### Introduction

Assuming the axiom of choice, any vector space possesses the pleasant but prosaic property* that it is determined up to isomorphism by the cardinality of its basis.

For instance, consider $ \prod_\omega \mathbb{Z}/2$ and $ \oplus_{2^\omega} \mathbb{Z}/2$. Both are vector spaces over the finite field $ \mathbb{Z}/2$ so to show that they are isomorphic, we need to show that their respective bases have the same cardinality. The vector space on the right is written as a direct summand and so we can see that its basis must have size $ \mathfrak{c}$. On the other hand, the vector space $ \prod_\omega \mathbb{Z}/2$ has cardinality $ \mathfrak{c}$ over a finite field, so its basis must have the same cardinality as the space itself. Aren't vector spaces a walk in the park; a piece of cake; easy as pie (ok, enough metaphors?!)?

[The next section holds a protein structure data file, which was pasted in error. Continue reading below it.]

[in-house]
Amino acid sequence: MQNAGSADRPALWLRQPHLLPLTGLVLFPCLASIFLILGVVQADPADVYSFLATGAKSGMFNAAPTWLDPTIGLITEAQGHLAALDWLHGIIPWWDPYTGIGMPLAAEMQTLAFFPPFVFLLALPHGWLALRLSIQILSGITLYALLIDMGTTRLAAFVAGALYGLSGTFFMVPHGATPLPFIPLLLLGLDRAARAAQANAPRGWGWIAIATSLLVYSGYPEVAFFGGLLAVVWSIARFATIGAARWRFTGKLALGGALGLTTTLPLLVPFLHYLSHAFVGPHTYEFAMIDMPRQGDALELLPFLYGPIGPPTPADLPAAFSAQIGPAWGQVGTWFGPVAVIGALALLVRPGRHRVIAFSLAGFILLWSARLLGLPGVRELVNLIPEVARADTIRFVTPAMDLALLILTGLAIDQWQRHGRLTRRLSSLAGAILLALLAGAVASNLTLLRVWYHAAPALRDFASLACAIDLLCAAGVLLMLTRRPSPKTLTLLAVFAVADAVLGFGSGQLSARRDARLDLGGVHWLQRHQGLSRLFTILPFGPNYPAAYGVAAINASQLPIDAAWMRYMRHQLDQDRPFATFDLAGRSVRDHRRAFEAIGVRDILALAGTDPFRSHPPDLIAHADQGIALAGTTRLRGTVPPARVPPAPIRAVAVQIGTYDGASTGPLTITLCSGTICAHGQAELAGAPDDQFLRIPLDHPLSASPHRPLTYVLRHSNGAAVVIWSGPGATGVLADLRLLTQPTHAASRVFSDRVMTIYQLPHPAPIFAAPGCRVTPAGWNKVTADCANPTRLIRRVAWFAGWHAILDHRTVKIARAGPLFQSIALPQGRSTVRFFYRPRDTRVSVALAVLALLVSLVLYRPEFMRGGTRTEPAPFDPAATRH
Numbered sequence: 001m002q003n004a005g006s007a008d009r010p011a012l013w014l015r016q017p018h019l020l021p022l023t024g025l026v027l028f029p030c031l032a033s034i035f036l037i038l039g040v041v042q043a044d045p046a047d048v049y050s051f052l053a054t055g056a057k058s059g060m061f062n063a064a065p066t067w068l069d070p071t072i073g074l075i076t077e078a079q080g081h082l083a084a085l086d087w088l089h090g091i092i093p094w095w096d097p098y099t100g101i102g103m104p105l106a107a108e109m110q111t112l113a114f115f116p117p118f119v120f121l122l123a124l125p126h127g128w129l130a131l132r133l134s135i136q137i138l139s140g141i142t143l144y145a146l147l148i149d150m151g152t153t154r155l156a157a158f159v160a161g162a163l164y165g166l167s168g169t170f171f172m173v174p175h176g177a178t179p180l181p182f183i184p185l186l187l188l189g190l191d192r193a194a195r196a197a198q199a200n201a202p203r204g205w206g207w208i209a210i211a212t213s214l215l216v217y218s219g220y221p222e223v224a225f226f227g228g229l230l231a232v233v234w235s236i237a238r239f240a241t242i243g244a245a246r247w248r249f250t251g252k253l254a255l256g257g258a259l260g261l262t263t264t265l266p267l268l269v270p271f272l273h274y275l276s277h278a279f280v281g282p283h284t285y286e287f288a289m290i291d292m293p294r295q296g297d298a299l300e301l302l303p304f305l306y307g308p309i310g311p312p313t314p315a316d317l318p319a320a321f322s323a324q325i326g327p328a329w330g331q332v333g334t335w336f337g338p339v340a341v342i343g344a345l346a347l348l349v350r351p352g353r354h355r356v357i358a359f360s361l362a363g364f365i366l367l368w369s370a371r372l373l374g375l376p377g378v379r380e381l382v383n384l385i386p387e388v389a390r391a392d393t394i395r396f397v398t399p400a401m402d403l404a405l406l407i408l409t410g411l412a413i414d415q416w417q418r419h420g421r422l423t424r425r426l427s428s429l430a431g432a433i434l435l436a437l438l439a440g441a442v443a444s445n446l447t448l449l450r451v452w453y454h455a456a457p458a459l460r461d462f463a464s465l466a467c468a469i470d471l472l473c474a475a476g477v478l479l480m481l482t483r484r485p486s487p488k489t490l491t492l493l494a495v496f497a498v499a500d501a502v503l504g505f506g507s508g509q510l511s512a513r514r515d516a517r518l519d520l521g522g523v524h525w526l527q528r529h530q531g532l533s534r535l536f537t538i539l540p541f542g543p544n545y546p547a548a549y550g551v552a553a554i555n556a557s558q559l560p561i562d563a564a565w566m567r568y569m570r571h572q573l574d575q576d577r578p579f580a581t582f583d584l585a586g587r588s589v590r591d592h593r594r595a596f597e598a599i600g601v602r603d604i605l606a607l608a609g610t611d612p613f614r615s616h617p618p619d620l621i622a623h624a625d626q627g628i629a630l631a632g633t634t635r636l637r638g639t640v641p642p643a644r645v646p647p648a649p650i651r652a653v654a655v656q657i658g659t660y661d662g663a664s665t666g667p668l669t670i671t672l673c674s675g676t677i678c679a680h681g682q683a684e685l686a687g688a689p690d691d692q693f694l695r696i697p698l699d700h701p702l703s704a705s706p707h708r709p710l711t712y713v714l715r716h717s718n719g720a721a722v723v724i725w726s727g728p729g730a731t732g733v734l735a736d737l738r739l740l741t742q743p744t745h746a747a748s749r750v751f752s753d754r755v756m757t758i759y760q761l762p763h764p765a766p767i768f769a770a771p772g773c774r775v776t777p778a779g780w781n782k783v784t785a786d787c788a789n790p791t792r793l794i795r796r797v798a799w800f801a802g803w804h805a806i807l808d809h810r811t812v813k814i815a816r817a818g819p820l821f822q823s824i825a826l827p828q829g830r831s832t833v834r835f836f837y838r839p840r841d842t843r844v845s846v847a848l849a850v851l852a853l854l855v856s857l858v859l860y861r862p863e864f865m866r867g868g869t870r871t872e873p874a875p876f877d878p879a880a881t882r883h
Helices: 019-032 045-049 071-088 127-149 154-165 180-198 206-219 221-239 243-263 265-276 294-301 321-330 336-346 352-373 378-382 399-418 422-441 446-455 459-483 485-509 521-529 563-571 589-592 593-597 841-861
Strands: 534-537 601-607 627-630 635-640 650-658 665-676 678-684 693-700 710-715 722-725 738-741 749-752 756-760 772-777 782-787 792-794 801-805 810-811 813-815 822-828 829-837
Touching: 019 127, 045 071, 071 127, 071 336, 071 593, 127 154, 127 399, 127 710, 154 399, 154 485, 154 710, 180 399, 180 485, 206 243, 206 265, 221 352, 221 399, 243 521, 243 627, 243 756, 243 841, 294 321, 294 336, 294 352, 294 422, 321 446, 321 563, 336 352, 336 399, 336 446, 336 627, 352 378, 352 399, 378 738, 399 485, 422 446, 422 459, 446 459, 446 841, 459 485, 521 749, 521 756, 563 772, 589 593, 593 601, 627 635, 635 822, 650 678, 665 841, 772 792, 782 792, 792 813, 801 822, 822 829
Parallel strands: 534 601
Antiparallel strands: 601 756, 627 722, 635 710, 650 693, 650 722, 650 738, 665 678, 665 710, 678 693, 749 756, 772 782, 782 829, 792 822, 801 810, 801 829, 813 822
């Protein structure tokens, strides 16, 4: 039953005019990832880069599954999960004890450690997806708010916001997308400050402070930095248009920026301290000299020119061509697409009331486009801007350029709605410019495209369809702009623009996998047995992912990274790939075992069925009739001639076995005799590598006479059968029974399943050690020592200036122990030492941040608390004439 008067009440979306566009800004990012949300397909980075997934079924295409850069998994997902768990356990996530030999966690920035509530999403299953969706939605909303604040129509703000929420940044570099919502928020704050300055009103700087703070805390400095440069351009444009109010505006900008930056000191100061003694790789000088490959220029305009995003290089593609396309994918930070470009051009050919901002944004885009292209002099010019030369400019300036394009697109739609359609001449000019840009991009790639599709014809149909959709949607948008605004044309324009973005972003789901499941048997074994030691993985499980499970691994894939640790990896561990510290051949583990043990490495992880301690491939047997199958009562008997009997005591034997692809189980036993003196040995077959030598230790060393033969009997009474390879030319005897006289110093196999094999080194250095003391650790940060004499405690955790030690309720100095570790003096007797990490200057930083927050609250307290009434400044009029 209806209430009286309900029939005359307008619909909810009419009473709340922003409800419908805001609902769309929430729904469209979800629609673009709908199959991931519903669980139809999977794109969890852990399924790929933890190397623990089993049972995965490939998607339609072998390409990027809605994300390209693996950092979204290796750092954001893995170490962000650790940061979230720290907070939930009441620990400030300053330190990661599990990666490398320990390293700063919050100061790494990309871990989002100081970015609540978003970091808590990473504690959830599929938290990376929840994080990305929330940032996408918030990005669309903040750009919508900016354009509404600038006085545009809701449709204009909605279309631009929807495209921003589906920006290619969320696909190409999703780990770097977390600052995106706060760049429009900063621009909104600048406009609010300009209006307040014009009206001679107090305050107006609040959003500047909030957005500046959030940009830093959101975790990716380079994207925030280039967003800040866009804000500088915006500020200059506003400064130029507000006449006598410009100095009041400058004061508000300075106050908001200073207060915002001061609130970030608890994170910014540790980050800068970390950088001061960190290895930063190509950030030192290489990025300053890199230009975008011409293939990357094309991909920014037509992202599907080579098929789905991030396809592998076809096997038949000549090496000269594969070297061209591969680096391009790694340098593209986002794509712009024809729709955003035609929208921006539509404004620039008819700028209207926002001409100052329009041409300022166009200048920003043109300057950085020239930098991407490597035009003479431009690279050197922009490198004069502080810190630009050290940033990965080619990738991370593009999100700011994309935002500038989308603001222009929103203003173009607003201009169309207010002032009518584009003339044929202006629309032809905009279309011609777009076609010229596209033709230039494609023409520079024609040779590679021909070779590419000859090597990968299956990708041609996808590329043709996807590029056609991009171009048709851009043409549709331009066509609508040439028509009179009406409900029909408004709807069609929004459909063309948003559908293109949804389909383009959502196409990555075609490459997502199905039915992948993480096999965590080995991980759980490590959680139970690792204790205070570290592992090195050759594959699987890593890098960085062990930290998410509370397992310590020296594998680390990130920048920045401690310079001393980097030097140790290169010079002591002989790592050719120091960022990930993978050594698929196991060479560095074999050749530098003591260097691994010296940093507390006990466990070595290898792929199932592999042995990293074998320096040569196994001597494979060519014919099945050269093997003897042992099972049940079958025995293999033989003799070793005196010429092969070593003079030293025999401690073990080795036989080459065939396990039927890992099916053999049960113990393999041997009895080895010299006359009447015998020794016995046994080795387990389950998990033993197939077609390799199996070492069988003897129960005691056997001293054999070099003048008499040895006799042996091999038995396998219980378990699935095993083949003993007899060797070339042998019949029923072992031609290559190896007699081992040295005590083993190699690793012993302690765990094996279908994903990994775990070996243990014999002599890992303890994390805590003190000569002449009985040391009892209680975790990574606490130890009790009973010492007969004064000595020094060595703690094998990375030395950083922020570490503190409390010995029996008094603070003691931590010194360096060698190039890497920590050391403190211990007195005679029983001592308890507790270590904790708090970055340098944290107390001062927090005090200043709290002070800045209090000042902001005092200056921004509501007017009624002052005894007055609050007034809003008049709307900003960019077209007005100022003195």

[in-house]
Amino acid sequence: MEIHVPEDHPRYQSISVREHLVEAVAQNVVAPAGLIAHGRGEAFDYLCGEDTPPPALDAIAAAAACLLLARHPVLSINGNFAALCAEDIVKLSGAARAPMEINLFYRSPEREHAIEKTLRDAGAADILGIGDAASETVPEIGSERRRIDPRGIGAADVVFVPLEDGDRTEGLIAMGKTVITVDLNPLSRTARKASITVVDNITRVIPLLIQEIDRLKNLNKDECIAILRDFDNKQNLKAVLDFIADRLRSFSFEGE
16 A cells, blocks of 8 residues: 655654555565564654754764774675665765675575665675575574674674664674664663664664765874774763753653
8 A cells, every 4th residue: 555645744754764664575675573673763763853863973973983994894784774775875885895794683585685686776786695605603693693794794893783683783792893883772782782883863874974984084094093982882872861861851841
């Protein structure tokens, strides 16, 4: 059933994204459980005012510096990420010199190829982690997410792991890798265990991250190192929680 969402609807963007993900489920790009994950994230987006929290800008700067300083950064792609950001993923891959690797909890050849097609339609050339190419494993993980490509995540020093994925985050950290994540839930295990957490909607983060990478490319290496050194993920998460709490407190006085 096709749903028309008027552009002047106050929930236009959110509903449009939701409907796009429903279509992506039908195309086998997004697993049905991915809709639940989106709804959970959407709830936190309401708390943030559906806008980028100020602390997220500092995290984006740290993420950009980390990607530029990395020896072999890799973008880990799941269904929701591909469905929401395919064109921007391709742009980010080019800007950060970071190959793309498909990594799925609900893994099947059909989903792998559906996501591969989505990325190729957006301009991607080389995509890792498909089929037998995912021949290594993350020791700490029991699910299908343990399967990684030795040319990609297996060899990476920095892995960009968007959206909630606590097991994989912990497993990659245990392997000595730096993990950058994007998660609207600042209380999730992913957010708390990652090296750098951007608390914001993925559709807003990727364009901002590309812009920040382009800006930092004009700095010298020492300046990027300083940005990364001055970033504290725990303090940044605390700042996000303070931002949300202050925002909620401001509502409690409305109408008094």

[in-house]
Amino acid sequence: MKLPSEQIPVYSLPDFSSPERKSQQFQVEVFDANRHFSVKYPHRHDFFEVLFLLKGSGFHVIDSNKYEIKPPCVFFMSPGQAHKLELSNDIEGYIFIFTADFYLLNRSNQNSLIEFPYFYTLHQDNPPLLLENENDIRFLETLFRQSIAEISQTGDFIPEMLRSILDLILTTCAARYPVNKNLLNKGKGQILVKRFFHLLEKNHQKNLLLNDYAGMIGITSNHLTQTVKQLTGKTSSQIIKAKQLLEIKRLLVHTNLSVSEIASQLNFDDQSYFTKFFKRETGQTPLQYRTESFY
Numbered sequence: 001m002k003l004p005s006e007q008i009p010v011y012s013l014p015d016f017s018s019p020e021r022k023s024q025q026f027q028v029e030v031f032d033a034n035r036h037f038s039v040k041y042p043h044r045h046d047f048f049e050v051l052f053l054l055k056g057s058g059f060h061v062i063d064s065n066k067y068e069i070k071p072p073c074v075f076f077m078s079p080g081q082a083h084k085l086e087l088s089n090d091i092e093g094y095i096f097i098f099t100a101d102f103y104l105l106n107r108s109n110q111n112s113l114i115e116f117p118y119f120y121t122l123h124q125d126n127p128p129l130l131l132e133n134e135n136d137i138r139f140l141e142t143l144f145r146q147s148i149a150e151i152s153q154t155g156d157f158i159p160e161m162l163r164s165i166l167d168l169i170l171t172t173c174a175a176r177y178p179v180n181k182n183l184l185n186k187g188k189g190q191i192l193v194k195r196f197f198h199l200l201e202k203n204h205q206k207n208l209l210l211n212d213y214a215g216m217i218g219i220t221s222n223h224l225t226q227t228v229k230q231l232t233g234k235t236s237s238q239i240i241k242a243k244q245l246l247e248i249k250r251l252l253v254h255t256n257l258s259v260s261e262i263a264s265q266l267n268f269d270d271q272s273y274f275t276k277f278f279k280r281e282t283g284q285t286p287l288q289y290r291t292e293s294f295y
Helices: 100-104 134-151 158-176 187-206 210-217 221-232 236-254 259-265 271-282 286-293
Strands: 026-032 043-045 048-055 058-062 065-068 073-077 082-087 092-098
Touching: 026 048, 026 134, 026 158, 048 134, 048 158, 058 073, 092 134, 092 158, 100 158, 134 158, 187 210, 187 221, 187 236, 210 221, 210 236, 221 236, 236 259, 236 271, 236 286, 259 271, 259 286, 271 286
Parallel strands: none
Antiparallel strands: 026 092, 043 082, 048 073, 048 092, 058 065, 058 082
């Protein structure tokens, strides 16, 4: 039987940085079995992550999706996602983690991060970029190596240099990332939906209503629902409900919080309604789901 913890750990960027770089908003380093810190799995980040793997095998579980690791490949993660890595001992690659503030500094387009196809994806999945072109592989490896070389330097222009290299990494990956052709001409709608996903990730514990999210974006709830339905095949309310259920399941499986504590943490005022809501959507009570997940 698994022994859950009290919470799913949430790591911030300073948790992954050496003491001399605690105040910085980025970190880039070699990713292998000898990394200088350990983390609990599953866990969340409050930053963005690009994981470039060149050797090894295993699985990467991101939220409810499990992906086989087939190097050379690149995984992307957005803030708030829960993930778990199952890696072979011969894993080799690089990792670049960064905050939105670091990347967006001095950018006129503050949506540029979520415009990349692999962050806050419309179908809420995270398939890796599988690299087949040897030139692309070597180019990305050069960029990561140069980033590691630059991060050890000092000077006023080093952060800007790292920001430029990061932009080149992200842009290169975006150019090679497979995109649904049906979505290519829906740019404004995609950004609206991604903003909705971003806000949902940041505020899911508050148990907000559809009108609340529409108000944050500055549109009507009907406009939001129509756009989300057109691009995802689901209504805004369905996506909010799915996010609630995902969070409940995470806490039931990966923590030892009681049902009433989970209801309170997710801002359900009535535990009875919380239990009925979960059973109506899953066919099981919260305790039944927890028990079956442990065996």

### From $ \mathbb{Z}/2$ to $ \mathbb{Z}$ Modules

But what if we sent the above proof to a publisher who didn't yet have the "2" character or the "/" installed on her printing press? Then all hell would break loose because $ \prod_\omega \mathbb{Z}$ and $ \oplus_{2^\omega} \mathbb{Z}$ aren't vector spaces any more, and the previous paragraph would be rife with errors. But they certainly are abelian groups, and they have a bit more spice than those vector spaces. So are they isomorphic? They do have the same cardinality. Fortunately for us, Baer ("Abelian Groups without Elements of Finite Order", Duke Math J. 3 (1937), pp. 88-122) answered this question in the negative (fortunately, because otherwise abelian groups would be less exciting). In fact, this question is particularly interesting to me because I had wondered about it a few months ago, and now I have the answer, thanks to Faith's book for the references.

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